We have completed maintenance on DiscoverMagazine.com and action may be required on your account. Learn More

Coral Mover and Shaker

By Josie Glausiusz
May 1, 2001 5:00 AMNov 12, 2019 4:30 AM


Sign up for our email newsletter for the latest science news

Huge delicate coral colonies such as Australia's Great Barrier Reef may owe their existence to an unlikely benefactor— eunicids, a class of ferocious-looking worms.

Courtesy of John Chisholm/Scientific Centre of Monaco

Scientists had long wondered how corals, which spend their lives glued to a rock, manage to establish reefs in the turbulent waters at the edges of continents. John Chisholm, a marine biologist at the Scientific Centre of Monaco, chanced upon an answer after cleaning out his aquarium. One morning he noticed that three coral colonies in the near-empty tank had moved 6 inches overnight. Intrigued, he set up an infrared night-vision camera and captured footage of eunicid worms crawling through the sand, grabbing bits of coral in their jaws, and building primitive shelters (above).

Chisholm believes that the worms, which can grow to almost 20 feet long, construct stable platforms on which coral reefs can grow even if the surrounding sands are constantly in motion. In exchange, the worms gain a lair from which they can emerge to feed. He sees this as a prime example of the self-organizing force of nature. "Here's an incredibly simple organism, not accredited with having much of a brain, able to assemble a habitat," says Chisholm. "And in the process, it creates conditions that can give rise to some of the greatest ecosystems on this planet."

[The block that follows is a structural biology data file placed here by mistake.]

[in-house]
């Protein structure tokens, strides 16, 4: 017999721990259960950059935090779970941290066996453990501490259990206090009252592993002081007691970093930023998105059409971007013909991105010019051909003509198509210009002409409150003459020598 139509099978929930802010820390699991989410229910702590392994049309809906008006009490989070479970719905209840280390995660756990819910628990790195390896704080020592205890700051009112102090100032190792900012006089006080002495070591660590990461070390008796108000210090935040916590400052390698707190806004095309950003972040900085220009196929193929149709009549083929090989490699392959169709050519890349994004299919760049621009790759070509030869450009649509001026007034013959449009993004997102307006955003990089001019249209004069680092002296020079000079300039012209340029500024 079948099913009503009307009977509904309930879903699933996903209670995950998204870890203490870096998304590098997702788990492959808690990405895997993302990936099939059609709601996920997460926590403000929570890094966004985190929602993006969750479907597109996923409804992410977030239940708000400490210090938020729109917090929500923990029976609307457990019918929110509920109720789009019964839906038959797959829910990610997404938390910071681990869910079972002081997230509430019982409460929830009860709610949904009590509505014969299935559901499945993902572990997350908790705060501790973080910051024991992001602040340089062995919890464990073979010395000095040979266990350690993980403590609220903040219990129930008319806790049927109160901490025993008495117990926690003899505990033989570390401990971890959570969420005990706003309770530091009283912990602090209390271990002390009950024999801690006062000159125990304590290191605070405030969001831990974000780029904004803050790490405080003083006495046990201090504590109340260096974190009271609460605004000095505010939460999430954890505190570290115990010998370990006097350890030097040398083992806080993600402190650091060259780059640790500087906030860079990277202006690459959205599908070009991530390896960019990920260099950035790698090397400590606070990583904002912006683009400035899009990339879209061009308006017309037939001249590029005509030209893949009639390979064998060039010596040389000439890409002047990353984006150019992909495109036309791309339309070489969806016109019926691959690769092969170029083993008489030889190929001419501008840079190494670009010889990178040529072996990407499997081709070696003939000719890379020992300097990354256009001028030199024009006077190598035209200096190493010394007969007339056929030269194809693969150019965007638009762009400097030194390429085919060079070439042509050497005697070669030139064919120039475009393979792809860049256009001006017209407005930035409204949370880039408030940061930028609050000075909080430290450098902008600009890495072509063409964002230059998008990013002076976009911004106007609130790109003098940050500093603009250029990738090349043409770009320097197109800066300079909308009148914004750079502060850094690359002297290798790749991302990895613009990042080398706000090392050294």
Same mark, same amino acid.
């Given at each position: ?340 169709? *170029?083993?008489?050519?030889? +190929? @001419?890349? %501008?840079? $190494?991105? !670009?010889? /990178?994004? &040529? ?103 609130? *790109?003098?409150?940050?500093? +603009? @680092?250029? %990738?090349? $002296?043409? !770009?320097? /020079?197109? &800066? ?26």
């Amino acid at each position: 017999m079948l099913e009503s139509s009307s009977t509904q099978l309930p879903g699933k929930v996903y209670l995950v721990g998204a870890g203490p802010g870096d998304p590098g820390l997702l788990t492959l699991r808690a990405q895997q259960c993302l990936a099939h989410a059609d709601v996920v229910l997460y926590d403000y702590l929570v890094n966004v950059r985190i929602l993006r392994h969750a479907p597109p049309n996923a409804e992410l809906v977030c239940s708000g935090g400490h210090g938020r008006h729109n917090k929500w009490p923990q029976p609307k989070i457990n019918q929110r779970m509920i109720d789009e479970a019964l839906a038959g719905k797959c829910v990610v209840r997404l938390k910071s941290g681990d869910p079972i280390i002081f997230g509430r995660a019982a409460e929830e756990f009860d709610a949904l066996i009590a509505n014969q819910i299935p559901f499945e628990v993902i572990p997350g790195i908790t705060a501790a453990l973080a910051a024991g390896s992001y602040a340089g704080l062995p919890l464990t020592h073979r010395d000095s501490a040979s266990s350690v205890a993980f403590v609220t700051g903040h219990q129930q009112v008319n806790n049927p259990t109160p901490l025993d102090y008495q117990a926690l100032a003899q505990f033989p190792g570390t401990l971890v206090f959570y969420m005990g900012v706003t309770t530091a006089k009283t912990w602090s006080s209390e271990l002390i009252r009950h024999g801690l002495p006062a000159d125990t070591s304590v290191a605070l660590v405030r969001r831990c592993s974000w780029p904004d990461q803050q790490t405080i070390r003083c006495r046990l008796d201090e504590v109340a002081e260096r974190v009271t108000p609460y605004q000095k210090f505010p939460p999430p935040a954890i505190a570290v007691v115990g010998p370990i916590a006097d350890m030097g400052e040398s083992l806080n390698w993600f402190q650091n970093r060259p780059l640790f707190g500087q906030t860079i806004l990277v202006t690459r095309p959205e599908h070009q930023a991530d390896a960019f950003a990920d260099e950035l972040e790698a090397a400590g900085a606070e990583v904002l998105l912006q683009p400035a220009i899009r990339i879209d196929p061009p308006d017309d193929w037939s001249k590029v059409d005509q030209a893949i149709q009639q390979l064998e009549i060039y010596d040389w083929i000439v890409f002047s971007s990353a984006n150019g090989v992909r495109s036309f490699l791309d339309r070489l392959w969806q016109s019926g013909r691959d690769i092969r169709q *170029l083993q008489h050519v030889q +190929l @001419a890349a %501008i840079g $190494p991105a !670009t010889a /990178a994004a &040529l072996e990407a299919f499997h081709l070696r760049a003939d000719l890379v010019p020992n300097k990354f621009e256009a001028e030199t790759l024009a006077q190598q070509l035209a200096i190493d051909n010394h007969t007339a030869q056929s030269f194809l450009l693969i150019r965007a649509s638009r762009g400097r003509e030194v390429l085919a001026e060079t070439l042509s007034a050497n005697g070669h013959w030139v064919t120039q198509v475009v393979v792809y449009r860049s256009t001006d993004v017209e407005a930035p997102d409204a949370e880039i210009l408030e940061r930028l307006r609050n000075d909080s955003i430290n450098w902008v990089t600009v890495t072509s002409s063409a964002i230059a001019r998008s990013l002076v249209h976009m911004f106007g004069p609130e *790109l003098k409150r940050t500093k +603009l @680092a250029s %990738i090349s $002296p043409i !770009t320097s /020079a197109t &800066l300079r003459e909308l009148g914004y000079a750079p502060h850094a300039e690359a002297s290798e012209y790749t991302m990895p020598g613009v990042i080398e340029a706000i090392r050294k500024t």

1 free article left
Want More? Get unlimited access for as low as $1.99/month

Already a subscriber?

Register or Log In

1 free articleSubscribe
Discover Magazine Logo
Want more?

Keep reading for as low as $1.99!


Already a subscriber?

Register or Log In

More From Discover
Recommendations From Our Store
Shop Now
Stay Curious
Our List

Sign up for our weekly science updates.

To The Magazine

Save up to 40% off the cover price when you subscribe to Discover magazine.

Copyright © 2024 Kalmbach Media Co.